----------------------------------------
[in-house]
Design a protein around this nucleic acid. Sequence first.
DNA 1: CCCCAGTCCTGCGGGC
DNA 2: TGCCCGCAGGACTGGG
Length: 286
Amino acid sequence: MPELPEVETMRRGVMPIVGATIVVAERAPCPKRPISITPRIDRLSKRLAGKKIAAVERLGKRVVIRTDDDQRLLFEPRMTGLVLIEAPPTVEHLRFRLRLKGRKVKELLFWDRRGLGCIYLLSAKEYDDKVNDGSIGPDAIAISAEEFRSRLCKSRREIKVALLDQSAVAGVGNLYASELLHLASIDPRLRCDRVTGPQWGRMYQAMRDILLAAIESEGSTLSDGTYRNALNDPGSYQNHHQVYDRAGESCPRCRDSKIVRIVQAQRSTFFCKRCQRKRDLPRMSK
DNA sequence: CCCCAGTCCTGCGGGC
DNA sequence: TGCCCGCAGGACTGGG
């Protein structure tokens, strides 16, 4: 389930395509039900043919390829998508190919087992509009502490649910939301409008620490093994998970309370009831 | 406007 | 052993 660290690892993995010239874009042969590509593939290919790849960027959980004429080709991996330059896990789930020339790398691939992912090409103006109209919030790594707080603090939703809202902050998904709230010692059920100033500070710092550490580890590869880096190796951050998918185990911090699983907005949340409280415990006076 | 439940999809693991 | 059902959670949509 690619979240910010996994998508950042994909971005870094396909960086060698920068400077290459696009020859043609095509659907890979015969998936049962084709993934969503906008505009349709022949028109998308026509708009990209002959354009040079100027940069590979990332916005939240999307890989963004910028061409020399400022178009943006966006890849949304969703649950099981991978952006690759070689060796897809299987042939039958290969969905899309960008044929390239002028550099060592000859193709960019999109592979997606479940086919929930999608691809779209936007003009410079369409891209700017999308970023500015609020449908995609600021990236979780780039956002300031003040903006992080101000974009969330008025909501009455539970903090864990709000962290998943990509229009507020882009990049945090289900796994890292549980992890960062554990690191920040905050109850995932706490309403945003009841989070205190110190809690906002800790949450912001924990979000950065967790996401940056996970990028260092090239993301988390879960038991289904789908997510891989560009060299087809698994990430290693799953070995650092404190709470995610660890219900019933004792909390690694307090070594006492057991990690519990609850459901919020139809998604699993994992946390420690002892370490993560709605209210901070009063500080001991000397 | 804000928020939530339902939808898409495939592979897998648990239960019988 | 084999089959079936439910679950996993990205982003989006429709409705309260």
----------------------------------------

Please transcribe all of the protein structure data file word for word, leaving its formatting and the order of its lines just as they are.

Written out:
[in-house]
Design a protein around this nucleic acid. Sequence first.
DNA 1: CCCCAGTCCTGCGGGC
DNA 2: TGCCCGCAGGACTGGG
Length: 286
Amino acid sequence: MPELPEVETMRRGVMPIVGATIVVAERAPCPKRPISITPRIDRLSKRLAGKKIAAVERLGKRVVIRTDDDQRLLFEPRMTGLVLIEAPPTVEHLRFRLRLKGRKVKELLFWDRRGLGCIYLLSAKEYDDKVNDGSIGPDAIAISAEEFRSRLCKSRREIKVALLDQSAVAGVGNLYASELLHLASIDPRLRCDRVTGPQWGRMYQAMRDILLAAIESEGSTLSDGTYRNALNDPGSYQNHHQVYDRAGESCPRCRDSKIVRIVQAQRSTFFCKRCQRKRDLPRMSK
DNA sequence: CCCCAGTCCTGCGGGC
DNA sequence: TGCCCGCAGGACTGGG
């Protein structure tokens, strides 16, 4: 389930395509039900043919390829998508190919087992509009502490649910939301409008620490093994998970309370009831 | 406007 | 052993 660290690892993995010239874009042969590509593939290919790849960027959980004429080709991996330059896990789930020339790398691939992912090409103006109209919030790594707080603090939703809202902050998904709230010692059920100033500070710092550490580890590869880096190796951050998918185990911090699983907005949340409280415990006076 | 439940999809693991 | 059902959670949509 690619979240910010996994998508950042994909971005870094396909960086060698920068400077290459696009020859043609095509659907890979015969998936049962084709993934969503906008505009349709022949028109998308026509708009990209002959354009040079100027940069590979990332916005939240999307890989963004910028061409020399400022178009943006966006890849949304969703649950099981991978952006690759070689060796897809299987042939039958290969969905899309960008044929390239002028550099060592000859193709960019999109592979997606479940086919929930999608691809779209936007003009410079369409891209700017999308970023500015609020449908995609600021990236979780780039956002300031003040903006992080101000974009969330008025909501009455539970903090864990709000962290998943990509229009507020882009990049945090289900796994890292549980992890960062554990690191920040905050109850995932706490309403945003009841989070205190110190809690906002800790949450912001924990979000950065967790996401940056996970990028260092090239993301988390879960038991289904789908997510891989560009060299087809698994990430290693799953070995650092404190709470995610660890219900019933004792909390690694307090070594006492057991990690519990609850459901919020139809998604699993994992946390420690002892370490993560709605209210901070009063500080001991000397 | 804000928020939530339902939808898409495939592979897998648990239960019988 | 084999089959079936439910679950996993990205982003989006429709409705309260």